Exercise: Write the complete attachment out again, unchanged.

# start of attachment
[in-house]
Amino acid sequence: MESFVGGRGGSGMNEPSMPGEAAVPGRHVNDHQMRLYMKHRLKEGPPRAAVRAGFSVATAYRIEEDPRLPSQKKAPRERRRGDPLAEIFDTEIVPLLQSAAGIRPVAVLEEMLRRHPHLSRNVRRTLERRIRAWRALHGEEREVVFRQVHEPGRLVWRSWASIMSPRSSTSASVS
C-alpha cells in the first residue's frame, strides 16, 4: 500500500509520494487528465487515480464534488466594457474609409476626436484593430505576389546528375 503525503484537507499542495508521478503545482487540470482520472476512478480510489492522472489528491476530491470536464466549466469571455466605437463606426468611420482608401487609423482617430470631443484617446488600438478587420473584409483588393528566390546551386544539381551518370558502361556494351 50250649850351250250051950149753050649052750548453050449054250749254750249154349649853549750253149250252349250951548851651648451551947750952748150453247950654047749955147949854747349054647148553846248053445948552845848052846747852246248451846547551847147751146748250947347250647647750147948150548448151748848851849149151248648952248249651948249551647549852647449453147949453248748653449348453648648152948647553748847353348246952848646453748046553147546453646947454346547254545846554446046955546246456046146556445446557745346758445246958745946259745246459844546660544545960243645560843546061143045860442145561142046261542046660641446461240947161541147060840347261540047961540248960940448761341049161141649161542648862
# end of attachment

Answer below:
[in-house]
Amino acid sequence: MESFVGGRGGSGMNEPSMPGEAAVPGRHVNDHQMRLYMKHRLKEGPPRAAVRAGFSVATAYRIEEDPRLPSQKKAPRERRRGDPLAEIFDTEIVPLLQSAAGIRPVAVLEEMLRRHPHLSRNVRRTLERRIRAWRALHGEEREVVFRQVHEPGRLVWRSWASIMSPRSSTSASVS
C-alpha cells in the first residue's frame, strides 16, 4: 500500500509520494487528465487515480464534488466594457474609409476626436484593430505576389546528375 503525503484537507499542495508521478503545482487540470482520472476512478480510489492522472489528491476530491470536464466549466469571455466605437463606426468611420482608401487609423482617430470631443484617446488600438478587420473584409483588393528566390546551386544539381551518370558502361556494351 50250649850351250250051950149753050649052750548453050449054250749254750249154349649853549750253149250252349250951548851651648451551947750952748150453247950654047749955147949854747349054647148553846248053445948552845848052846747852246248451846547551847147751146748250947347250647647750147948150548448151748848851849149151248648952248249651948249551647549852647449453147949453248748653449348453648648152948647553748847353348246952848646453748046553147546453646947454346547254545846554446046955546246456046146556445446557745346758445246958745946259745246459844546660544545960243645560843546061143045860442145561142046261542046660641446461240947161541147060840347261540047961540248960940448761341049161141649161542648862